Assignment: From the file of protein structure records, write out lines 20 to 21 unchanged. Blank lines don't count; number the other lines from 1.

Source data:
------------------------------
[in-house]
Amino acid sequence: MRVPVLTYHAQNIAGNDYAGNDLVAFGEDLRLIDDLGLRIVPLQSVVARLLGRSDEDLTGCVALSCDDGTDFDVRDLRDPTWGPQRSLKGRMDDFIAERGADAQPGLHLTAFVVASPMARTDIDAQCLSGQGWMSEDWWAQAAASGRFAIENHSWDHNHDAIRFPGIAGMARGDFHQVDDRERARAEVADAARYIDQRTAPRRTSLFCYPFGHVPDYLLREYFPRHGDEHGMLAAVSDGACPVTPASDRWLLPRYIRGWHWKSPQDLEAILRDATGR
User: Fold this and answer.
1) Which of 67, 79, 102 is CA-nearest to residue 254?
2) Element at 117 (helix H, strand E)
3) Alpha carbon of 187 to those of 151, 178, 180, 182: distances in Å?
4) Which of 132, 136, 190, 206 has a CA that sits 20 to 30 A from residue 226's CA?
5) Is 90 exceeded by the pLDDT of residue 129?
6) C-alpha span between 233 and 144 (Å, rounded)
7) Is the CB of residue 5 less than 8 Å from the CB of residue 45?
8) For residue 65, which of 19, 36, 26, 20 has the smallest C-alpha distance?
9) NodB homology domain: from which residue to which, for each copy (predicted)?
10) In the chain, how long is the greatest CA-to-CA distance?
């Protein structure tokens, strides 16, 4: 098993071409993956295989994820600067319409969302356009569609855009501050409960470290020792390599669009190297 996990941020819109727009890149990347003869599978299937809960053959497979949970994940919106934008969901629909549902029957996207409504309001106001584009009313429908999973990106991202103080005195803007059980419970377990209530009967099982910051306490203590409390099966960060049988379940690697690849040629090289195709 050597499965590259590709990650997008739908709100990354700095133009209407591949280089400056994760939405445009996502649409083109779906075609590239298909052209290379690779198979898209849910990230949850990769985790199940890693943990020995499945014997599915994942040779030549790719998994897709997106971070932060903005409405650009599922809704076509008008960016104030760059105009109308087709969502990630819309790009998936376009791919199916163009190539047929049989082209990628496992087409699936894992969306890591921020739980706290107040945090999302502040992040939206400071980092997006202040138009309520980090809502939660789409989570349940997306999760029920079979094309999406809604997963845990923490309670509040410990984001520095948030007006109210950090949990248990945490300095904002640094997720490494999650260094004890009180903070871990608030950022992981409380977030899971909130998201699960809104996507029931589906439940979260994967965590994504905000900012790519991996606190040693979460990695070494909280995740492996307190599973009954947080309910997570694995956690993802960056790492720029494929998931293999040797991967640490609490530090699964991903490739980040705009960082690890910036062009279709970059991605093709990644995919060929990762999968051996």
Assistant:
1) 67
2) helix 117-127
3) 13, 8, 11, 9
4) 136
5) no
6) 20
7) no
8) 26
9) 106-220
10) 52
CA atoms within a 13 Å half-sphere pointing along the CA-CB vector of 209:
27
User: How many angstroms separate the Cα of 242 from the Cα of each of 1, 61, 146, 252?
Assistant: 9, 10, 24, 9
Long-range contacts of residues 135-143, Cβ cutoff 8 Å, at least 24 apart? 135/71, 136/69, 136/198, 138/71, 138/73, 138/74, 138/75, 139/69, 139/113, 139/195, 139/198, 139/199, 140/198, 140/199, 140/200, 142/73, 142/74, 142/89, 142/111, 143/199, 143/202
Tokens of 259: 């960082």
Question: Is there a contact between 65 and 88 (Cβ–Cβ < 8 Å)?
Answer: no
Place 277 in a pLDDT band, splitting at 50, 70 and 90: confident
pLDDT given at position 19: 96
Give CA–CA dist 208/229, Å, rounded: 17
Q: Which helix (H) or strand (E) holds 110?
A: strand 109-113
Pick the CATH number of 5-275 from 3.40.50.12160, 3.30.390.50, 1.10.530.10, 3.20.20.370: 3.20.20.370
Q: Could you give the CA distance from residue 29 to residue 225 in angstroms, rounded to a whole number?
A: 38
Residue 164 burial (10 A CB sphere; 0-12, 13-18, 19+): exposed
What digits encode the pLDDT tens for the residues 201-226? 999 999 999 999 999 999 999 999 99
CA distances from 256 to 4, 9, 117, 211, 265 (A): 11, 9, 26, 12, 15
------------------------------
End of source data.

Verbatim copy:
5) no
6) 20